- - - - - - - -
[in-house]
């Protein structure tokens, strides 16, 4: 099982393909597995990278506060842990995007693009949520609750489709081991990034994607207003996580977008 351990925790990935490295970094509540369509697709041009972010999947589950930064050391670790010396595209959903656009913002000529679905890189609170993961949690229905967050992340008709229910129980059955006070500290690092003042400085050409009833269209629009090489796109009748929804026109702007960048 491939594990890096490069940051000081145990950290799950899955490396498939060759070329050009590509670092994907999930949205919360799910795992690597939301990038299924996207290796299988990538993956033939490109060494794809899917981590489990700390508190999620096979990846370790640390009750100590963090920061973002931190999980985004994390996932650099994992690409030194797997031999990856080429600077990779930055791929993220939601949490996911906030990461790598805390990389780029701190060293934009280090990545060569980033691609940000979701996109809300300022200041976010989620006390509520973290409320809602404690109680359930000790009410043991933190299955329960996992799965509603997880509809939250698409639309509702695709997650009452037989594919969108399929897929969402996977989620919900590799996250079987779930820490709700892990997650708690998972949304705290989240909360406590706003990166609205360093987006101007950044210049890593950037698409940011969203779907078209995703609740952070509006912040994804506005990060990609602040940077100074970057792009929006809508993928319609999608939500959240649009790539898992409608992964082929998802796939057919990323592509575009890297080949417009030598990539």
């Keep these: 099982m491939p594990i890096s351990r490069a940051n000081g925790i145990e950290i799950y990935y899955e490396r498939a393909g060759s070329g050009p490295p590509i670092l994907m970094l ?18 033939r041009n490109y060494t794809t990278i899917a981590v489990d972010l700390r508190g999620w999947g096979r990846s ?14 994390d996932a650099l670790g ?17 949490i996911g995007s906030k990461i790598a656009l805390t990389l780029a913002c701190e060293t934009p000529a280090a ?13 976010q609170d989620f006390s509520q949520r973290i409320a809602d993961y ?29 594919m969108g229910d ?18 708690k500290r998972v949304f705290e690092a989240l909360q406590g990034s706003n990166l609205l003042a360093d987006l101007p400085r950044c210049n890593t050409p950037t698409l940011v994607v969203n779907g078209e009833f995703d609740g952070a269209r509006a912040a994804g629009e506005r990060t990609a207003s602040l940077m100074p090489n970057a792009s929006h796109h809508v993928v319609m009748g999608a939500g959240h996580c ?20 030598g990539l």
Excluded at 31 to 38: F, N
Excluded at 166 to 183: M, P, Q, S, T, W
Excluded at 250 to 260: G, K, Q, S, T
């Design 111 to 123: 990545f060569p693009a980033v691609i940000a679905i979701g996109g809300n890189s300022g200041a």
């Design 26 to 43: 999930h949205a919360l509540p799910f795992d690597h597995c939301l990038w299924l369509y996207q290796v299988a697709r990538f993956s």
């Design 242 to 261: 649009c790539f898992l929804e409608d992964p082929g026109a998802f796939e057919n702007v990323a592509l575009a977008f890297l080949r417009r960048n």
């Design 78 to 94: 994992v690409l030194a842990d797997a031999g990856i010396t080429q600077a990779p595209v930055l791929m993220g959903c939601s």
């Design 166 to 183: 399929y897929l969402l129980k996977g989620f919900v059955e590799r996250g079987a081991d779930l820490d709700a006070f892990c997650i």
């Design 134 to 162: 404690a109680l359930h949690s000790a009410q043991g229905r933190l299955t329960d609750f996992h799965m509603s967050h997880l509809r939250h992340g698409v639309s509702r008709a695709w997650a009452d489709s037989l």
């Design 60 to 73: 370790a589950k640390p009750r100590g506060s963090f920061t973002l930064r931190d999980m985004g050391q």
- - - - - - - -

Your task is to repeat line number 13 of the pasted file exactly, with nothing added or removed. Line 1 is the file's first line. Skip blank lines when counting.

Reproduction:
């Design 60 to 73: 370790a589950k640390p009750r100590g506060s963090f920061t973002l930064r931190d999980m985004g050391q």